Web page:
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Ancient wisdom for a bright future

By Rohit Sarin     November 30, 2006

This celebrated bestseller has sold more than two million copies across the world since it was first published in the 1920s. Inspired by the wealthy ancient state of Babylon, the writer George Clason, a successful wealth creator himself, draws parallels to the modern world.

The Richest Man in BabylonI discovered it while searching for compelling sources of knowledge in the domain of wealth. It is one of my favourite books on the subject.

The Richest Man in Babylon is a modern inspirational classic because the rules which made Babylon a wealthy state more than 6,000 years back are relevant for the current civilisation too. It is a manuscript of core and tested knowledge about wealth creation, telling us about the principles that made a whole nation rich.

The universality of the rules of prosperity makes it a useful read. The best part is that the messages from the book aren’t theoretical but very practical. Anybody and everybody can relate them with their lives and benefit from the same.

It has a wide appeal and is equally stimulating for the layman as for the financial gurus. This flows from the simplicity of the rules of wealth. After all, success comes from implementing simple ideas very well. The ideas in practice more than 6,000 years ago wouldn’t be from the world of exotic financial engineering but sheer financial common sense.

Unlike the numerous get-rich-quick guides, this isn’t restricted to wealth creation but also its protection and growth. The last two are equally critical because while it is very difficult to create wealth, it is easier to lose it. Take the case of champion boxer Mike Tyson, who lost his lifetime’s fortune and went bankrupt.

The book is very reader friendly. Despite the Latin flavour, the comprehension of the underlying message isn’t a challenge even for the layman. The small size of the book adds to the convenience. The book is not only easy to carry while travelling, it can be easily read at one go. Clearly, simple ideas don’t require too many words or examples.

CLASON'S FIVE LAWS OF WEALTH

1. Wealth comes easily and in increasing quantities to anyone who invests not less than 10% of his earnings to create assets for his future.
2. Wealth works for the person who finds profitable avenues to invest it in.
3. Wealth stays with its owner if he is cautious in his investments and takes advice from experts.
4. Wealth slips away from people who invest it in businesses they do not understand or against the advice of experts.
5. Wealth flees from the investor who expects unreasonable returns from investments based on inexperienced advice.

Clason lists out seven rules to becoming wealthy — his seven cures for a lean purse, so to say. Among them my personal favourite is Rule No. 7— “Increase thy ability to earn”. The key message that one gets from there is that the journey towards becoming wealthy begins with your desire to become wealthy.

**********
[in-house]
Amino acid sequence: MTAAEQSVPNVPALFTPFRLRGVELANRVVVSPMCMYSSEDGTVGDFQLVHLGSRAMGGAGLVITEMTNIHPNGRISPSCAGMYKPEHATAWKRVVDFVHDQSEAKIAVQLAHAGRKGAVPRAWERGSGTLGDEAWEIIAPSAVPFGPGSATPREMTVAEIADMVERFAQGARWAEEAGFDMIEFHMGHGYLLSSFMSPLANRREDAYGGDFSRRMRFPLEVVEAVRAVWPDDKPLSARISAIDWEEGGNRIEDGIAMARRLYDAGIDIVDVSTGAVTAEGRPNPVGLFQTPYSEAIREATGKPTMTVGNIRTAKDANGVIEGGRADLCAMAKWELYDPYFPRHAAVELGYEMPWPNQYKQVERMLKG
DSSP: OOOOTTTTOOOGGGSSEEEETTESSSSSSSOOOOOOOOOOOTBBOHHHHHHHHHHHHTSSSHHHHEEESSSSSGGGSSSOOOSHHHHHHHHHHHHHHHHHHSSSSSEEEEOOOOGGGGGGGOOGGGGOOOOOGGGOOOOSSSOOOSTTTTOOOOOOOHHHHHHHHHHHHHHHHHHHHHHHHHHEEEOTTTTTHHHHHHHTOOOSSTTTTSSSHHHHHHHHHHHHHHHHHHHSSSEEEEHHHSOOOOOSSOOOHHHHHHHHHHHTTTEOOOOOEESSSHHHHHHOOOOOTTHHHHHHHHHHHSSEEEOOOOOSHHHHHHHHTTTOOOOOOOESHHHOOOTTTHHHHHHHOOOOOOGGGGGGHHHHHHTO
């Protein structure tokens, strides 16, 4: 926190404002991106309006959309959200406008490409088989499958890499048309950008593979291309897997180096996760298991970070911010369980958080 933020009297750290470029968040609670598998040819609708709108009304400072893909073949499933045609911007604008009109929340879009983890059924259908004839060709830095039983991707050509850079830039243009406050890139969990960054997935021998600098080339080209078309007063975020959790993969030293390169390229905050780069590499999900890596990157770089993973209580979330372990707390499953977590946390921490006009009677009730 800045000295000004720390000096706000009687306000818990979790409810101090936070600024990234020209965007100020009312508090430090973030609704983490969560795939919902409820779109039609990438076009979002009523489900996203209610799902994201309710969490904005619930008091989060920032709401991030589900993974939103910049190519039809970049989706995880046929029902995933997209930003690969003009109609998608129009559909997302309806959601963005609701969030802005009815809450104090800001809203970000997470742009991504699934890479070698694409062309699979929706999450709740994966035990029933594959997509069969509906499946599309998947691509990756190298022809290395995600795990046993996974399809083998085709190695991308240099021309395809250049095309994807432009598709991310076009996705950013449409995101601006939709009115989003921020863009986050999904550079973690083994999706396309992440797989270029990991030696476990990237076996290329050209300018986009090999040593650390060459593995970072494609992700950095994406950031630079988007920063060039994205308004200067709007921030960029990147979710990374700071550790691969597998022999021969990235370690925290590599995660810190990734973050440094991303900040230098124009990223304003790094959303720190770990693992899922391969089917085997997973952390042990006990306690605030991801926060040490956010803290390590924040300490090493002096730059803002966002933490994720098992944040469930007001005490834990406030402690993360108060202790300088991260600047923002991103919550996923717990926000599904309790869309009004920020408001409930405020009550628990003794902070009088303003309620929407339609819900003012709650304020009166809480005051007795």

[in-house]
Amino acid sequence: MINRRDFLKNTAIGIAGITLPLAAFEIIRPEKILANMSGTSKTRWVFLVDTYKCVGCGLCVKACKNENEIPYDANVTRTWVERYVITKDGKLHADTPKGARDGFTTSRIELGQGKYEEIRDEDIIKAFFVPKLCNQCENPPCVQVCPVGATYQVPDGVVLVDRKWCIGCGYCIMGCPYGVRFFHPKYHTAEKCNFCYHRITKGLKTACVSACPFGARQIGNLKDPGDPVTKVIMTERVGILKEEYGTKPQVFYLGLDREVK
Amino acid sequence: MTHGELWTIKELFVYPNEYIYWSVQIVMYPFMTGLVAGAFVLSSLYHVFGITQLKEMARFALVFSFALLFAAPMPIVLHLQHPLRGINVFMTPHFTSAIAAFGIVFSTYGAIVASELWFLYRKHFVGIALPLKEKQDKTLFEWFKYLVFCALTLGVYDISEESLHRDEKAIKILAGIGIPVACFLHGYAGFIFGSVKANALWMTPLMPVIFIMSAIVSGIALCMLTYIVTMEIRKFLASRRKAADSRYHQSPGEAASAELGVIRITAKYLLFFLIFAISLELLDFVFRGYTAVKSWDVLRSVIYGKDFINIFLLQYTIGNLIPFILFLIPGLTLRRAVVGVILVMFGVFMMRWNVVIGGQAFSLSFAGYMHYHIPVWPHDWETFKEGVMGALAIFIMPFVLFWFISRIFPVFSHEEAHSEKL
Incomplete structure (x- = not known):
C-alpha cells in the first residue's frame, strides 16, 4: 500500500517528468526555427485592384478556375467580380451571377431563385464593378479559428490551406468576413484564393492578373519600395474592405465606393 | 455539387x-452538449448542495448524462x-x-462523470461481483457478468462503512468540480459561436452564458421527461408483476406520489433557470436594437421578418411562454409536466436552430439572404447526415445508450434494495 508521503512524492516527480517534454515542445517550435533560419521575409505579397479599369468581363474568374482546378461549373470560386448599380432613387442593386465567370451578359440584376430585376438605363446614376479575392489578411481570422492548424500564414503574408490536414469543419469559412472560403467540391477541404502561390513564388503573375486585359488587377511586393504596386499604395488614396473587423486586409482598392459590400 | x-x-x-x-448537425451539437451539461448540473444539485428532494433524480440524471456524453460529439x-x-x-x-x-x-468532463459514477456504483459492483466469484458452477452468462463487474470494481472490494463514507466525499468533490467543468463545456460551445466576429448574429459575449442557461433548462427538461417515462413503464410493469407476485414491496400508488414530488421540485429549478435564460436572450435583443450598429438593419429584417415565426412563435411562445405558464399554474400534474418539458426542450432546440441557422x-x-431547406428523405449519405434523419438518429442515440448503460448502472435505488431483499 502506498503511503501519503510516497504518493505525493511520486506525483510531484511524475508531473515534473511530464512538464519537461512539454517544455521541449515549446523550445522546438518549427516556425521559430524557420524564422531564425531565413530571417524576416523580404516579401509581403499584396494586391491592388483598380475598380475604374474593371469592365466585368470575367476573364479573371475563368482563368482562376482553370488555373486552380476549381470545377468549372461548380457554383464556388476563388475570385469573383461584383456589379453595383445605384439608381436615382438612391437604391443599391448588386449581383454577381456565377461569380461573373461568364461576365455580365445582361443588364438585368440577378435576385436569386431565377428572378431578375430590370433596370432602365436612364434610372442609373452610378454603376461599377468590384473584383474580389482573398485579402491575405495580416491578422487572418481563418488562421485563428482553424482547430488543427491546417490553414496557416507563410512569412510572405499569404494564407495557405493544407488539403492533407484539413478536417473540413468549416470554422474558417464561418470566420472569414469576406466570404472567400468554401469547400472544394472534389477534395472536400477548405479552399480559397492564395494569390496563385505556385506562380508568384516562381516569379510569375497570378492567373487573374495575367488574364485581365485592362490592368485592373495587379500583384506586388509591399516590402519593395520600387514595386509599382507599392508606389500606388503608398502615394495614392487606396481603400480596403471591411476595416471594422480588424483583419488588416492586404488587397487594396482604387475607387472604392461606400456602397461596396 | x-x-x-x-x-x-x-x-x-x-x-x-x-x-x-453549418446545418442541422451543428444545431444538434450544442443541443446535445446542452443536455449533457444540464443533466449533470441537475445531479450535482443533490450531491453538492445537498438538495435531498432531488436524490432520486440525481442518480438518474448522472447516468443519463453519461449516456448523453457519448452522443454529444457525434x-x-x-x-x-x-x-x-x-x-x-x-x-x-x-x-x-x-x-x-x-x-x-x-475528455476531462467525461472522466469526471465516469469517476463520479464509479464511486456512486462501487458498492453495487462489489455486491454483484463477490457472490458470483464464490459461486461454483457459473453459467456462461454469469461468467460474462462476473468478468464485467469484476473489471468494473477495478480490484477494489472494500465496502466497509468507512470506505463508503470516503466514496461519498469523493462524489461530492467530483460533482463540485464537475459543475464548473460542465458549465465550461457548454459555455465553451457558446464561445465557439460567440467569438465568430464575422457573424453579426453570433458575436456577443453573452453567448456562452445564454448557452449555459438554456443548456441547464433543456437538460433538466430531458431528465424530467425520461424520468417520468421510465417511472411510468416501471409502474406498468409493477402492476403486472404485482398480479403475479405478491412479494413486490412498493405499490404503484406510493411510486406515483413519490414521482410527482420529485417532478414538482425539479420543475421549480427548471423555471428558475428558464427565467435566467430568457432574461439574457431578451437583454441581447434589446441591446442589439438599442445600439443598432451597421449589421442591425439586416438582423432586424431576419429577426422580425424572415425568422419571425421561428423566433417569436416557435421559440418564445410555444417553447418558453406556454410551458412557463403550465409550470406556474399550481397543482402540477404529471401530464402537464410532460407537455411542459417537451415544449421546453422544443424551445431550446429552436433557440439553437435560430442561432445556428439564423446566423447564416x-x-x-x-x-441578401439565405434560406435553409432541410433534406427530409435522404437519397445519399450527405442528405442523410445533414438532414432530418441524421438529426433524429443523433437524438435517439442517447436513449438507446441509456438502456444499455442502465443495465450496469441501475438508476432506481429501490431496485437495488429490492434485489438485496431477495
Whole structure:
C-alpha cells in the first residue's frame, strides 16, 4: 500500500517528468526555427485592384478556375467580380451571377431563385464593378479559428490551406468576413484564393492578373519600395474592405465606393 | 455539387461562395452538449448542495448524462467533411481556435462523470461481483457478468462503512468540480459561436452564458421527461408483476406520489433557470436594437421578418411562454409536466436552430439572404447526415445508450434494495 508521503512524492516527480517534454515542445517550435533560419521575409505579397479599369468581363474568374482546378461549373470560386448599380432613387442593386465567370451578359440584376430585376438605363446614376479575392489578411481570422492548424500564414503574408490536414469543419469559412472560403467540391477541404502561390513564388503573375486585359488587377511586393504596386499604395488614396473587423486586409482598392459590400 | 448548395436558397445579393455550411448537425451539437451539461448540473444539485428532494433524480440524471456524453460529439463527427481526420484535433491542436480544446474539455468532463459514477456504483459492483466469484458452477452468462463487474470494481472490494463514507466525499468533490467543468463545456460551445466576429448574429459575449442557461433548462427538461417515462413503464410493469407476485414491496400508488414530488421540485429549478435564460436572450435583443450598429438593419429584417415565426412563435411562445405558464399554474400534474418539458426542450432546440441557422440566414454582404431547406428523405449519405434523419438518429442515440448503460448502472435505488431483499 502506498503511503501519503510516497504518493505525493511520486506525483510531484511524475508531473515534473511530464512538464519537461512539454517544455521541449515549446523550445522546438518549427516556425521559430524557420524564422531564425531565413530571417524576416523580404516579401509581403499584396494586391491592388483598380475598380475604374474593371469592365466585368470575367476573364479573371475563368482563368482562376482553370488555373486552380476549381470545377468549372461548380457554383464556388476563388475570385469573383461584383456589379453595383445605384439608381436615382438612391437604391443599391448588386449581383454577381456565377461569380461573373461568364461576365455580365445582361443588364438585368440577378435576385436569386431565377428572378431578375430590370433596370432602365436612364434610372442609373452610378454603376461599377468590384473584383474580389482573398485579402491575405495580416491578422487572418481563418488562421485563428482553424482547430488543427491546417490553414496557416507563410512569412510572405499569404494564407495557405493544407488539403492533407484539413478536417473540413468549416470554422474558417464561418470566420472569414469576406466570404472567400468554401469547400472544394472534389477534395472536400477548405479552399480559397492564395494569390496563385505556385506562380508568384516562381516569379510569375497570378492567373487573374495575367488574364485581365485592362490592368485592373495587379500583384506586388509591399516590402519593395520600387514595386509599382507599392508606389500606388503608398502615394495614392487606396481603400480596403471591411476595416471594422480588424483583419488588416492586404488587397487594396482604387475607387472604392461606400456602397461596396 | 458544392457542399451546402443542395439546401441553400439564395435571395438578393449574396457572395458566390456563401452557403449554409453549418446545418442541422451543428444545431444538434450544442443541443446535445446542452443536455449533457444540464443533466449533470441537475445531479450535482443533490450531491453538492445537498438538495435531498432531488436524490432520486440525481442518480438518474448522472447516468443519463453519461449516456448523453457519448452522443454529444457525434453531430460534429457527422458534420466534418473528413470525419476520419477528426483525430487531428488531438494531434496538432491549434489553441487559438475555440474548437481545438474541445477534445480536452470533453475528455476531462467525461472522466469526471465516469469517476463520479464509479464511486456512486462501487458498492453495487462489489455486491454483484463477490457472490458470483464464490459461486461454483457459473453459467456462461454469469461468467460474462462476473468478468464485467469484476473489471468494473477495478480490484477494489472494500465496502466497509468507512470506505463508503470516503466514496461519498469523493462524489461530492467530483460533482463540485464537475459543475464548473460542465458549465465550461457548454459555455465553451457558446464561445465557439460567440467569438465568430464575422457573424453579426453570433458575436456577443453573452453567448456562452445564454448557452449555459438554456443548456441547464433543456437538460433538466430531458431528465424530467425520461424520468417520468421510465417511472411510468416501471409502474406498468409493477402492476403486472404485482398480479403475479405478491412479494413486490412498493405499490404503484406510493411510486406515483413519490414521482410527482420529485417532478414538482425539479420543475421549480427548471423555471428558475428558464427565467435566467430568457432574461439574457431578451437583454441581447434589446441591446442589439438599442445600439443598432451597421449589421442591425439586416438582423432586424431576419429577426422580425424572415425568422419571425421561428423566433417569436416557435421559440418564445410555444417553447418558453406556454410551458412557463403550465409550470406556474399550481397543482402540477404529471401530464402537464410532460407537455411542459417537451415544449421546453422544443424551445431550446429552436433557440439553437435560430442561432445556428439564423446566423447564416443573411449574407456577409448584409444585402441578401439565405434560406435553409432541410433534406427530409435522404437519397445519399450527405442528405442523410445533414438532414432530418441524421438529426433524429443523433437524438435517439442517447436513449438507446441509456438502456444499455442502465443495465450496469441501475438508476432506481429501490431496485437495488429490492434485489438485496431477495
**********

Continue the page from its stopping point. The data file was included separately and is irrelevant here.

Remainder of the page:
This is a very important message for us wanting to transform into a wealthy nation. We should stop feeling shy about creating wealth or owning it. Wealth creates wealth and comes to only those who respect it. Or want it.

Another favourite nugget comes in the fable about the goddess of luck. Clason says that “Men of action are favoured by the goddess of good luck”. This should be an eyeopener for many readers in a country where luck is considered an important ingredient for success. I see the relevance of this message during interactions with many successful wealth creators.

As someone who dabbles with wealth from various perspectives, I can vouch for the practicality of the book in every Indian’s life in current times. This is so because we, as a nation and society, are very different from what we used to be a decade back or what we would be a decade from now. Over the past decade the scale and flow of wealth at the individual level has grown manifold.

Just look around, one can see that there is more surplus wealth today than ever before. At the same time the opportunities to create more wealth have also grown. As a result, the need to protect and grow the new-found wealth has become allpervasive today.

I recently gifted this book to a friend who has made a fortune by selling his business. His immediate feedback was that he would have loved to get this gift when he had passed out from college so that he could have created more wealth. But it is never too late and it couldn’t have come at a better time for him as now there is a fortune to protect and grow.

The important message in his feedback was that the relevance of this classic to India can’t be more in present times. India as a nation is on the threshold of evolving into a wealthy state. And our demographics make the case very compelling with more than 50% of the population below 25 years of age. Therefore, for a majority of Indians ready to walk into the wealth creating age, this classic could serve as a beacon— the Bible of wealth.

This classic could help serve the purpose of disseminating “wealth consciousness” among the masses and classes and hopefully the current and future generations would get to see their country becoming sone ki chidiya once again.


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